With Amazon continuing to perform exceedingly well amidst a pandemic that has blown up the popularity of online shopping, the e-tailer giant had seen its revenue for the second quarter increase 40% year-on-year to $88.9 billion. For one of the biggest companies in the world, such an improvement in sales is not too common to see.
Now, Amazon is set to to capitalize on their growing position in the market, bringing us the next big thing in e-commerce, a particular advancement that is especially ideal in a post-COVID-19 world.
This week, Bloomberg reported that the Federal Aviation Aviation Administration (FAA) had granted Amazon approval to begin commercial trials of its drone delivery system in the US.
Amazon joins Alphabet-owned drone delivery company Wing, which was the first drone delivery company to receive FAA approval for commercial deliveries in the US, as well as UPS.
“Amazon and its competitors must still clear some imposing regulatory and technical hurdles before small packages holding the likes of cat food or toothpaste can routinely be dropped at people’s homes,” Bloomberg said. “But the action shows that they’ve convinced the government they’re ready to operate in the highly regulated aviation sector.”
To attain this approval, Amazon said that it had to go through rigorous training while submitting detailed evidence that its drone delivery operations are safe, including demonstrating the technology for FAA inspectors.
The company’s drone delivery service, dubbed Amazon Prime Air, aims to safely get packages to customers in 30 minutes or less using unmanned aerial vehicles i.e. drones. When checking out, a customer would be able to pick the Prime Air delivery option.
The company has Prime Air development centers in the US, the UK, Austria, and France, among others.
Below is a flight test video of one of Amazon Prime Air’s recent delivery drone designs:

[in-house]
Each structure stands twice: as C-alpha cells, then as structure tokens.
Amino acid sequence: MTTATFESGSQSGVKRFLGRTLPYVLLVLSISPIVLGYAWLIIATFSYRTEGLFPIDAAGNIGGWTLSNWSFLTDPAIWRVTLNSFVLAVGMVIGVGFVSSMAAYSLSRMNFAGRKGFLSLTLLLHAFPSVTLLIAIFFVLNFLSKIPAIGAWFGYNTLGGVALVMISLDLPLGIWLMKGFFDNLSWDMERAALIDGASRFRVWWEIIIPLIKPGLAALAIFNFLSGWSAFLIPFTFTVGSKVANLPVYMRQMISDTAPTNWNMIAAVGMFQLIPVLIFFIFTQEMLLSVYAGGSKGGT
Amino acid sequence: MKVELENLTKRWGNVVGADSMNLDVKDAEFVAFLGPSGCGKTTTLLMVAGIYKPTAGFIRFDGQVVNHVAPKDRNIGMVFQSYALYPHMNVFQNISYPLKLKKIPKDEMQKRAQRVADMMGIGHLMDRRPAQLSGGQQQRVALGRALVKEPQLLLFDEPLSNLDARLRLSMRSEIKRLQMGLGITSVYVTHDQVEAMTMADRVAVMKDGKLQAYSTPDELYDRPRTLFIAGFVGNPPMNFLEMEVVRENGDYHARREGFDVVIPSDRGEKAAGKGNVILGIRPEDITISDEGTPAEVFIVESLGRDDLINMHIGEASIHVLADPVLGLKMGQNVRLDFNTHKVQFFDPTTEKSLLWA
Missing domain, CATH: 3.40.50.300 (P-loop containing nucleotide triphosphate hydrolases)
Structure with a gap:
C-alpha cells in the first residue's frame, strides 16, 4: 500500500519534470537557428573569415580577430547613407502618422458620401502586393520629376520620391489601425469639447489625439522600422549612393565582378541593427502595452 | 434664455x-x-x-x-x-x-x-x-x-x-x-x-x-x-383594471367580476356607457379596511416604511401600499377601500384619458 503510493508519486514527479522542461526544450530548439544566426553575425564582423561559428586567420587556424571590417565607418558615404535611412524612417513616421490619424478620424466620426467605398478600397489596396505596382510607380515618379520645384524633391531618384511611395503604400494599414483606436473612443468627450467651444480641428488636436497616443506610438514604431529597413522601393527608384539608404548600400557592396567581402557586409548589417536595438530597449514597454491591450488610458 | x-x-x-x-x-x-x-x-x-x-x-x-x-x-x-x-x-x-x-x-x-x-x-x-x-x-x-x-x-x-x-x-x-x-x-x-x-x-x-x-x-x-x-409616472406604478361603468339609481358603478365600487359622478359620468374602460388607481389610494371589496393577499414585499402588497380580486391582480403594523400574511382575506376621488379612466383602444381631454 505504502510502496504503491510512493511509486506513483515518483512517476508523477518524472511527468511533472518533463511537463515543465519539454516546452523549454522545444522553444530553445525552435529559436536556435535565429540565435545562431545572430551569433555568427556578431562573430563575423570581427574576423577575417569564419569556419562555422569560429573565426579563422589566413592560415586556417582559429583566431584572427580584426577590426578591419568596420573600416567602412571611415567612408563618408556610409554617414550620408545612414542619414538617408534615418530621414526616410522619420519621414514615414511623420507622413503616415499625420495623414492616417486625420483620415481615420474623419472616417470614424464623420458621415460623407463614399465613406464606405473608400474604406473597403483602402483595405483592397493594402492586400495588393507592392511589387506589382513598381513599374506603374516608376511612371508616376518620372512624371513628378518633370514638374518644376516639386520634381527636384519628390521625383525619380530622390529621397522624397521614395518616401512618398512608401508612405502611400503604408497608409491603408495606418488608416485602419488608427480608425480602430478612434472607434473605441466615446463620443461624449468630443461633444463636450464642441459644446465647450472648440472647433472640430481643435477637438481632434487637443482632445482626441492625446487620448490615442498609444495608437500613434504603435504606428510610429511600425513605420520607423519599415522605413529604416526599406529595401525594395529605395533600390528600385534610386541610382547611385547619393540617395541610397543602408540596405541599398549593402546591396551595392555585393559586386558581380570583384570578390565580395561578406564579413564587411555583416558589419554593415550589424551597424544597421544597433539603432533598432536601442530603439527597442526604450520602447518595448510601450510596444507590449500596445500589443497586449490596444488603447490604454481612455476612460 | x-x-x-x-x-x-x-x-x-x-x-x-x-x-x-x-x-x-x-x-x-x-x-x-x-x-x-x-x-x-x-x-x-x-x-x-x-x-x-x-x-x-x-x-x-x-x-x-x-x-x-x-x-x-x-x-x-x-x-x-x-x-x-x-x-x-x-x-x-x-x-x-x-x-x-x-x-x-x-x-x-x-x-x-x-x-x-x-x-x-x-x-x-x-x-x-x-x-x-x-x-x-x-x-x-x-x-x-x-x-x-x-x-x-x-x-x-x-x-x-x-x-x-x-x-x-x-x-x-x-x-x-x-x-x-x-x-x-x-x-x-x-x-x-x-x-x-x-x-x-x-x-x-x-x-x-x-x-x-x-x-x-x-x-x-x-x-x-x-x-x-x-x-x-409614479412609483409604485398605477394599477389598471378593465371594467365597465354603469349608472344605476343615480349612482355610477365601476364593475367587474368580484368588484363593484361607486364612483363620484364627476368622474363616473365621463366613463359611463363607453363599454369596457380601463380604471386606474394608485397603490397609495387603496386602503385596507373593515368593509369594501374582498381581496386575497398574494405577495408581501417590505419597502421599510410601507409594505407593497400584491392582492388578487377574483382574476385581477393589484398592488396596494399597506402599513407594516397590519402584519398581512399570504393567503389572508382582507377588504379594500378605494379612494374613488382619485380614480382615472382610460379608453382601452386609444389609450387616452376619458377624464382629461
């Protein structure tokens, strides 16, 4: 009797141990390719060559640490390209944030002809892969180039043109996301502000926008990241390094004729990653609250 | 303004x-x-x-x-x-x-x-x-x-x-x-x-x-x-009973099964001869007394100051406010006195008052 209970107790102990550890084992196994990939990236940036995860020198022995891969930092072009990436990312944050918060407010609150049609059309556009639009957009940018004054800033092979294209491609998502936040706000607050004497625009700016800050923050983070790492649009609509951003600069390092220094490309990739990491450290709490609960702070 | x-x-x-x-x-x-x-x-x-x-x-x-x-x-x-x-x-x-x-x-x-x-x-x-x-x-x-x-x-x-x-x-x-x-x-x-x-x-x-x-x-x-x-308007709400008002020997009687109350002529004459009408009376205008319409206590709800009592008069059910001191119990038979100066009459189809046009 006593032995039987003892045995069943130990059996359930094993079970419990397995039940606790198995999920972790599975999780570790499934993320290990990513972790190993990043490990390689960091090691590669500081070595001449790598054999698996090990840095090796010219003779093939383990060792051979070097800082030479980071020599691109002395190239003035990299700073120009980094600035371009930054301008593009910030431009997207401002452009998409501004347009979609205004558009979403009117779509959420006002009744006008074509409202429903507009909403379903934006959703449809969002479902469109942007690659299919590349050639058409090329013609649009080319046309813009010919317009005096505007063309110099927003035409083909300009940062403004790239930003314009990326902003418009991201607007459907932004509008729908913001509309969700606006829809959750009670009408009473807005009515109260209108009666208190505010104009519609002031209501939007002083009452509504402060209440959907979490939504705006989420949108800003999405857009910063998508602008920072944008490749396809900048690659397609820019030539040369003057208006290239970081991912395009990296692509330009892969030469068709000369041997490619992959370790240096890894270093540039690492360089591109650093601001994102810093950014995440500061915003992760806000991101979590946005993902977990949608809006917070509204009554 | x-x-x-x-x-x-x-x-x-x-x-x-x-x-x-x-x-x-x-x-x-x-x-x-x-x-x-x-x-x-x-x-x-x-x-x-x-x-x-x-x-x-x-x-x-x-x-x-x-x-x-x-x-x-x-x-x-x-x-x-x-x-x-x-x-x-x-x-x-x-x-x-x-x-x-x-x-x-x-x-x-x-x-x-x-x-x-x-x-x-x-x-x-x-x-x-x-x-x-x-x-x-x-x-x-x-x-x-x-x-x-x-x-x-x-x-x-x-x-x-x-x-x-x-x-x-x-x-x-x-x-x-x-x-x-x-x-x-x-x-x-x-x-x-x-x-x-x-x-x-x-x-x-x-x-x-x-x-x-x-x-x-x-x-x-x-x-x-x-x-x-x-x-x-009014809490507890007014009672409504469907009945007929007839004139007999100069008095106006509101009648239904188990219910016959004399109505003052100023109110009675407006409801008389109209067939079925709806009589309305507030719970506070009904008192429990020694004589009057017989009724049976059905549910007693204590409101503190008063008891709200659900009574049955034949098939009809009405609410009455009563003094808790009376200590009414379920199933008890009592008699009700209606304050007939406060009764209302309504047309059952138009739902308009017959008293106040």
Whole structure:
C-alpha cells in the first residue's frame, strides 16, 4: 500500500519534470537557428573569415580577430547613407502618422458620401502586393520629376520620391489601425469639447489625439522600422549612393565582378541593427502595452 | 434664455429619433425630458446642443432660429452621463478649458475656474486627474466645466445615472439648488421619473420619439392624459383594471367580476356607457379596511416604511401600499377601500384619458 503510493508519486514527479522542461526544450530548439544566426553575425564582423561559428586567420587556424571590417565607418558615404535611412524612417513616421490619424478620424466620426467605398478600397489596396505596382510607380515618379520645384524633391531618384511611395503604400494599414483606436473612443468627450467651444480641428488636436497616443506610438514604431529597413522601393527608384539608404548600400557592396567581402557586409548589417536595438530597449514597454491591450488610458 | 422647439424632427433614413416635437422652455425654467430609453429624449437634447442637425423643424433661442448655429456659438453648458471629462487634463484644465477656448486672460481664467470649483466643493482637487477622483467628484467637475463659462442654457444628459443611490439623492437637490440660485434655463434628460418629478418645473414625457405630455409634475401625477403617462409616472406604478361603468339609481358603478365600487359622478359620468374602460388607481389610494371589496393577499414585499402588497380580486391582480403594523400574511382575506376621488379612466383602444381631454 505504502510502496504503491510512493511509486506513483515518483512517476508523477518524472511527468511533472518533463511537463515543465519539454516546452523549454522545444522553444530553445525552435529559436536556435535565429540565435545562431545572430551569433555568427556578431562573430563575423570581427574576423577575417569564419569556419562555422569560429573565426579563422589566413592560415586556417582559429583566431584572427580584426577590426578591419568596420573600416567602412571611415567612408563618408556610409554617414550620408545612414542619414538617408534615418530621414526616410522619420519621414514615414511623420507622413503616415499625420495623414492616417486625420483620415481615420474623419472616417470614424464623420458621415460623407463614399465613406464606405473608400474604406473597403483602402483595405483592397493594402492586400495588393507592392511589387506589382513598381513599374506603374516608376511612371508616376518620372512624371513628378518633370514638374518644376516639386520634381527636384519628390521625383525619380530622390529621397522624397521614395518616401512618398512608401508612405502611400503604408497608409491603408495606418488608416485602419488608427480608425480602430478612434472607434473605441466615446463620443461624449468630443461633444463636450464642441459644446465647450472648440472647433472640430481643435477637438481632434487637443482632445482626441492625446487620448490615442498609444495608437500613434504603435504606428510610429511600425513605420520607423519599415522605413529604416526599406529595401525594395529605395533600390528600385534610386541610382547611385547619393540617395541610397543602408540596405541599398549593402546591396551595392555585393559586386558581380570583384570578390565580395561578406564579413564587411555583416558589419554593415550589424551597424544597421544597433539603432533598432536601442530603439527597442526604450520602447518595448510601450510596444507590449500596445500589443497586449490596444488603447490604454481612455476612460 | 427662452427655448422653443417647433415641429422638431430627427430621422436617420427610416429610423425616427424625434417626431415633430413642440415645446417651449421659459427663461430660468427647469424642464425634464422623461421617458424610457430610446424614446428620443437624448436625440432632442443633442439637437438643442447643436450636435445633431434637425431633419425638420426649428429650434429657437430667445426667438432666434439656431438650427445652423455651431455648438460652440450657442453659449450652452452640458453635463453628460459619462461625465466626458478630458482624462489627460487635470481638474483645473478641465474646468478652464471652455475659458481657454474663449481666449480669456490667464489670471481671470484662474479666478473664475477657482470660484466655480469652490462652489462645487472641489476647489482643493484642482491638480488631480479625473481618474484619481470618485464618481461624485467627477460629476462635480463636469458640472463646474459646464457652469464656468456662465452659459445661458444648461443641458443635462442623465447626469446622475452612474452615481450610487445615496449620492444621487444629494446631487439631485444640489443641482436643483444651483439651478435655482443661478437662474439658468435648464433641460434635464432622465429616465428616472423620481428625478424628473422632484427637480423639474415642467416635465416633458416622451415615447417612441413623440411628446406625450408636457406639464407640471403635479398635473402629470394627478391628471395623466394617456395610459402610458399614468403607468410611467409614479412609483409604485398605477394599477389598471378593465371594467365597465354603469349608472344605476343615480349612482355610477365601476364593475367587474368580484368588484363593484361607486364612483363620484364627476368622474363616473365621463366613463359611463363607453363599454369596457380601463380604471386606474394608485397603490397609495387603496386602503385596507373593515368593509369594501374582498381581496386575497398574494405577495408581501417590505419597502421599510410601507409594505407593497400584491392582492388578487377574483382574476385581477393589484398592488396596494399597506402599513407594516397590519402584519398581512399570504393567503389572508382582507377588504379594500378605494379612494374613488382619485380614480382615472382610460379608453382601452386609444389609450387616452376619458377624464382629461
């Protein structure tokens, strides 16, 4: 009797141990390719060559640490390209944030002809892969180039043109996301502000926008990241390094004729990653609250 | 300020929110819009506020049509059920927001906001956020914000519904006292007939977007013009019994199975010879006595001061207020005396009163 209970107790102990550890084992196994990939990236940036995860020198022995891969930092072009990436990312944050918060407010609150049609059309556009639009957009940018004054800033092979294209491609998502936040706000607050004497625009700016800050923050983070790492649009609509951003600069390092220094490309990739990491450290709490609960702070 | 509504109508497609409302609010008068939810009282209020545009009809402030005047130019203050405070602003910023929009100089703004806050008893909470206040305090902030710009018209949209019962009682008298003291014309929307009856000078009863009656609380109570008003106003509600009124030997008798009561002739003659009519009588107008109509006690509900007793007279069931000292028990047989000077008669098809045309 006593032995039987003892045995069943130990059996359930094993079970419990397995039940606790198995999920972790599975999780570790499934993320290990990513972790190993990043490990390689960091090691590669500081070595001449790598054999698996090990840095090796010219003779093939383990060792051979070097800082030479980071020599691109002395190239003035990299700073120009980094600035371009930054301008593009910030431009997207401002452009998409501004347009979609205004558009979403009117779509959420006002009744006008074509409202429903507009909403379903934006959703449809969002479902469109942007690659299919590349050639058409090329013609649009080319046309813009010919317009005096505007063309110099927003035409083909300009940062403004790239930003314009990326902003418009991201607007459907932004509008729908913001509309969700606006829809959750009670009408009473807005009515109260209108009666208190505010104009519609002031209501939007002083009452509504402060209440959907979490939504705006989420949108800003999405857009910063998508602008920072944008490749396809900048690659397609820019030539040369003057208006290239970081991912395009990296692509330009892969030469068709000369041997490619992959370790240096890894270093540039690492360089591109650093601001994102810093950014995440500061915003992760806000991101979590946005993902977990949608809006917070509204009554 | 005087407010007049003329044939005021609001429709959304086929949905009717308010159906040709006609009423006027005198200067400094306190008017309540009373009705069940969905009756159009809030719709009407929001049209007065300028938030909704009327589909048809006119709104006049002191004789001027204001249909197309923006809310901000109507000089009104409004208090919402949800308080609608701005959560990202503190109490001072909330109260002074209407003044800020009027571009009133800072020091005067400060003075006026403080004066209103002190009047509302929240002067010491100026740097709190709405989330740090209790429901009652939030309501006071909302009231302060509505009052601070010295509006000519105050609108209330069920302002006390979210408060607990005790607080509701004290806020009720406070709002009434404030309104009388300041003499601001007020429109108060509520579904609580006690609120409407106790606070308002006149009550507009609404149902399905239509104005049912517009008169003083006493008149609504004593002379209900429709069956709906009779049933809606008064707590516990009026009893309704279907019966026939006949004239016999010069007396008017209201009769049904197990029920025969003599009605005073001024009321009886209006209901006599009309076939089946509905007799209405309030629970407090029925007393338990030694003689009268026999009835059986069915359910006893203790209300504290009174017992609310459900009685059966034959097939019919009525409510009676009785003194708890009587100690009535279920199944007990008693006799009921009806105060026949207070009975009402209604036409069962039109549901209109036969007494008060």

Drone developments in the GCC
We have seen some minor developments in the field of drone technology in the GCC region, though the potential is certainly there.
Just this July, Sheikh Mohammed bin Rashid Al Maktoum, Vice President and Prime Minister of the UAE, issued a new law outlining the regulations governing drone activity in Dubai.
In 2019, the Dubai Roads and Transport Authority (RTA) announced the signing of an agreement with the German VOLOCOPTER Company, a specialist in the manufacturing of Autonomous Air Vehicles, to launch the first vehicle capable of carrying two passengers, Logistics Middle East had reported at the time. The first flying taxi trials in the country began in 2017.
As of August, Saudi Arabia’s General Authority of Civil Aviation (GACA) had issued thousands of permits for drones in the commercial and entertainment categories, a senior official had said, as reported by the Saudi Gazette.
GACA spokesman Ibrahim Al-Rusaa told Okaz/Saudi Gazette that a comprehensive update of the executive regulations governing a mechanism for operation and registration of drones will soon be issued.
Saudi Arabia had begun issuing drone permits back during January 2019 for recreational and commercial use.